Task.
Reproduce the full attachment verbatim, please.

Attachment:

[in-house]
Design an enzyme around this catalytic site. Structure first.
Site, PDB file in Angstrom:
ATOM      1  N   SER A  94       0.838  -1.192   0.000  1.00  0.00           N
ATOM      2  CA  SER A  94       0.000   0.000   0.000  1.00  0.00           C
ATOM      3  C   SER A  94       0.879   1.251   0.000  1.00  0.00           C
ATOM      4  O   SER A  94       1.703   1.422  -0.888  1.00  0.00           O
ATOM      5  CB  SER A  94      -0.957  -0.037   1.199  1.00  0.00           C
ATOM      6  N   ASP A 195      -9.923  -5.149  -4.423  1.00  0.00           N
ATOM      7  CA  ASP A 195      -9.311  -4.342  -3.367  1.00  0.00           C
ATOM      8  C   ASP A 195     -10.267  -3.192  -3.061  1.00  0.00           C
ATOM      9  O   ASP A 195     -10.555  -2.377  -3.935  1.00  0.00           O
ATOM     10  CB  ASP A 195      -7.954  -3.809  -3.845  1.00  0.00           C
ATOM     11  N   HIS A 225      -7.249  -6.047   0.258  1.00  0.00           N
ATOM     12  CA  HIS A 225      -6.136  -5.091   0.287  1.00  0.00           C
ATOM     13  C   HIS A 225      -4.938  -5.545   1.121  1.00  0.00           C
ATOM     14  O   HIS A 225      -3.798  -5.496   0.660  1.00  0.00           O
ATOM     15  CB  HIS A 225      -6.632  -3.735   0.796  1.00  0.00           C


[in-house]
Design an enzyme around this catalytic site. Structure first.
Site, PDB file in Angstrom:
ATOM      1  N   SER A  94       0.838  -1.192   0.000  1.00  0.00           N
ATOM      2  CA  SER A  94       0.000   0.000   0.000  1.00  0.00           C
ATOM      3  C   SER A  94       0.879   1.251   0.000  1.00  0.00           C
ATOM      4  O   SER A  94       1.703   1.422  -0.888  1.00  0.00           O
ATOM      5  CB  SER A  94      -0.957  -0.037   1.199  1.00  0.00           C
ATOM      6  N   ASP A 195      -9.923  -5.149  -4.423  1.00  0.00           N
ATOM      7  CA  ASP A 195      -9.311  -4.342  -3.367  1.00  0.00           C
ATOM      8  C   ASP A 195     -10.267  -3.192  -3.061  1.00  0.00           C
ATOM      9  O   ASP A 195     -10.555  -2.377  -3.935  1.00  0.00           O
ATOM     10  CB  ASP A 195      -7.954  -3.809  -3.845  1.00  0.00           C
ATOM     11  N   HIS A 225      -7.249  -6.047   0.258  1.00  0.00           N
ATOM     12  CA  HIS A 225      -6.136  -5.091   0.287  1.00  0.00           C
ATOM     13  C   HIS A 225      -4.938  -5.545   1.121  1.00  0.00           C
ATOM     14  O   HIS A 225      -3.798  -5.496   0.660  1.00  0.00           O
ATOM     15  CB  HIS A 225      -6.632  -3.735   0.796  1.00  0.00           C